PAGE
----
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Friday, August 11th, 2017

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How I Planned A Celtic Cross For My New Drawing, ‘God’s Magnificent Wisdom’

Hey! Would you like to take a peek at the plan for my new Celtic cross? I’m really excited about this new design and I’d love to share it with you! Here’s the sketch where I’ve been trying out different Celtic patterns and looking for which designs would work best.

My Celtic Cross Sketch

I began with the idea of filling the cross with maze patterns. As I mentioned in my previous post, I think maze patterns can symbolize the maze of our lives and can remind us that God, in His magnificent wisdom, knows the way through that maze, the path we need to take.

The diamond grid I drew for the maze patterns.

To try out different maze patterns, I first had to start by drawing out a grid of diamonds to provide the foundation for those patterns.

Then I sketched out two different maze motifs, one that was ‘solid’ and one that created an open diamond shaped down the middle. I decided to go with the open-diamond design because it provides a nice focal point and place for the eye to rest. I also like that it gives me an opportunity to insert a different pattern into that shape.

With that decision made, I began to draw the shape of the cross at about half the size that I’ll use for the colored pencil drawing.  Then, I filled in each arm of the cross with a rough sketch of the maze pattern I chose.

After that, I focused on selecting and sketching another maze pattern for the center of the cross.

Next, I moved on to the “sun-wheels” or the circular bands that connect each arm of the cross, this is typically what sets Celtic crosses apart from other styles of crosses.  I decided that it might be nice to use a few similar designs to those I’d used in the Abiding Faithdrawing of the blue iris.  So, I sketched out two sun-wheels with a row of dots filling the space between them.

At this point, I faced a bit of a struggle.  I couldn’t decide what type of Celtic motifs to use in the sun-wheels.  Should I use more maze patterns?  Or, spiral patterns?  Or, would some knotwork be best?

I decided to try some knot motifs because they also reminded me of the tangle that life can sometimes be.  I also chose them because Celtic knots are said to symbolize the repeated crossing of our physical and spiritual lives.  So, they remind me of God’s hand at work in my life.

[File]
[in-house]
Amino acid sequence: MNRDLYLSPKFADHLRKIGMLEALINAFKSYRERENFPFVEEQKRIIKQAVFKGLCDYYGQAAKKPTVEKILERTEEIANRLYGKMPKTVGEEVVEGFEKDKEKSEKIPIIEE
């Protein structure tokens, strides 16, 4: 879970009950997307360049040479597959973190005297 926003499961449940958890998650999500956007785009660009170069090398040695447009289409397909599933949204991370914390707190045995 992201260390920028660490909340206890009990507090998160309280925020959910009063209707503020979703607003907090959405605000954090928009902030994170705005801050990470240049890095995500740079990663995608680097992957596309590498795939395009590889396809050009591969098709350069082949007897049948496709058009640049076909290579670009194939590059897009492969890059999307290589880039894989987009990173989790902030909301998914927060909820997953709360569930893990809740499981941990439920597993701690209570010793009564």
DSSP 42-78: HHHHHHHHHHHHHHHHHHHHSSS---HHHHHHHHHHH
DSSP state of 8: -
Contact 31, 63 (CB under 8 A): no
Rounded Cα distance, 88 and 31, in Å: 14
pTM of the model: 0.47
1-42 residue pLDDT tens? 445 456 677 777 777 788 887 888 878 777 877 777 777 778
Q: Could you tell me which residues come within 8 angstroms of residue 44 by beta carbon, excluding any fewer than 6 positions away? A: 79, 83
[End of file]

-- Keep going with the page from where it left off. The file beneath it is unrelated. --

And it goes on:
However, I still wasn’t sure which type of knot patterns would be best.  So, I sketched out a few to get an idea of how they would look with the maze designs.  After much thought, I’ve decided that I really like the motion provided by the spiraling knot design in the upper left corner of my sketch and how it echoes the path of the sun-wheels.  I also like the idea of trying a small plaited knot on the innermost sun-wheel similar to the one I sketched in the upper left corner.  It’s a pattern that I haven’t used before.

Next, I moved on to choosing a design to fill the open diamond shapes in the arms of the cross.  After trying four different ideas, I’ve decided to use the trinity knot design on the top arm of the cross to symbolize the Holy Trinity.

After that, I tried out some different knot motifs for the border, one that I used in Abiding Faith and one that I have not used before.  While the bottom border would provide a nice connection to the Abiding Faith drawing, I really like the flowing, decorative nature of the top design.

To provide one more connection to the drawing of the blue iris though, I decided to repeat its corner design in this new drawing.

And, there you have it!  The upper left corner of my sketch and the top arm of the cross give a rough idea of what my new Celtic cross will look like.  I’m really looking forward to drawing it out to size!  Lots of measuring and compass-work ahead of me, but it gives me a great appreciation for the ability of the Celts to design these very intricate and mathematically based motifs thousands of years ago.  Just amazing!

Stay tuned for videos of the cross-drawing process, but first I’ve got to get ready for the new school year.  Course outlines here I come!

Thanks for walking with me on this new drawing adventure.   God’s blessings to you!

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